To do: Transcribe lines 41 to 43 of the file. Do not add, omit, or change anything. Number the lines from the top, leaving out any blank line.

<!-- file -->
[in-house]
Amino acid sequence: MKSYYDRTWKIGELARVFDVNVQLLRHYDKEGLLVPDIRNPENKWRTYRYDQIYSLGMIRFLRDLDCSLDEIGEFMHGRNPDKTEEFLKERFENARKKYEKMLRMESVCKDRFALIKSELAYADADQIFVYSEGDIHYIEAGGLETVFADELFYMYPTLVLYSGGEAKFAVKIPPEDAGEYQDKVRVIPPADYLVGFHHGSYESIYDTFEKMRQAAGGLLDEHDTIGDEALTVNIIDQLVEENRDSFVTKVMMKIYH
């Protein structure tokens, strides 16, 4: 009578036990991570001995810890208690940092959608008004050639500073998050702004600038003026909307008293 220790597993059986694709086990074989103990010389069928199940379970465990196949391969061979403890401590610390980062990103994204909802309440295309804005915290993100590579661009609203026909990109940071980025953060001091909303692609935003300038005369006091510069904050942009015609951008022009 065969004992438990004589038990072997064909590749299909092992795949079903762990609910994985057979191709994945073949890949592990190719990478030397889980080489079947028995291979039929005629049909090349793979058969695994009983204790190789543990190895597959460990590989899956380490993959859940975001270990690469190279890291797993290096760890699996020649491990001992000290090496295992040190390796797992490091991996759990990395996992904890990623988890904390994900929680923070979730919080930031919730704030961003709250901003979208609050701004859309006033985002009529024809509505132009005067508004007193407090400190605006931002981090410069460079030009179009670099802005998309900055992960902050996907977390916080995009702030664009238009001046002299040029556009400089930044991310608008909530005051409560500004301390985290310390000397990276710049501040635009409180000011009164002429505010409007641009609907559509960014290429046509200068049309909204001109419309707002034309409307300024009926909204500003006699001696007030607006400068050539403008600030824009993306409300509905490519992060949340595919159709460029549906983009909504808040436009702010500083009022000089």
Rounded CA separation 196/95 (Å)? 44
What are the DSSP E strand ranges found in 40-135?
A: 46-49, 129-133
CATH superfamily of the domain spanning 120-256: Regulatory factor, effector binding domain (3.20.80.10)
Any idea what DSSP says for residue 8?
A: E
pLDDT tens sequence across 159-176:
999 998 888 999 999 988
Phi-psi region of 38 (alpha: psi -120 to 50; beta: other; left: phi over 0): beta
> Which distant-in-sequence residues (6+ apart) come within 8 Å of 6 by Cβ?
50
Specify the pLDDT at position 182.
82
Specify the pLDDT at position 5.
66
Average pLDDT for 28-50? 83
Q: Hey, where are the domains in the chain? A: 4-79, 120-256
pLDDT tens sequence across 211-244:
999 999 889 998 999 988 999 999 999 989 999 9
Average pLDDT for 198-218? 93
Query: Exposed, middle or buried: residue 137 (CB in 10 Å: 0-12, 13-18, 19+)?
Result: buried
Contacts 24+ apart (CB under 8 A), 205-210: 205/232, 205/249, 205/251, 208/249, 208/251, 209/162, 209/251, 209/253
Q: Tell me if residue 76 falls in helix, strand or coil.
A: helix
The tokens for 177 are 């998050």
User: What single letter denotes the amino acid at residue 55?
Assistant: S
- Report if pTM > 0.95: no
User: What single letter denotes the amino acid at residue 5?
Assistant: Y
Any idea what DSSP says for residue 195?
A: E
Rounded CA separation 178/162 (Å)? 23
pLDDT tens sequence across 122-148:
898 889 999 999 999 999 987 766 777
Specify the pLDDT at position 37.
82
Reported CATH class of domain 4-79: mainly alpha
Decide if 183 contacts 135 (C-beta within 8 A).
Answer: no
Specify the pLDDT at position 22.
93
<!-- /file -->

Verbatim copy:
82
Reported CATH class of domain 4-79: mainly alpha
Decide if 183 contacts 135 (C-beta within 8 A).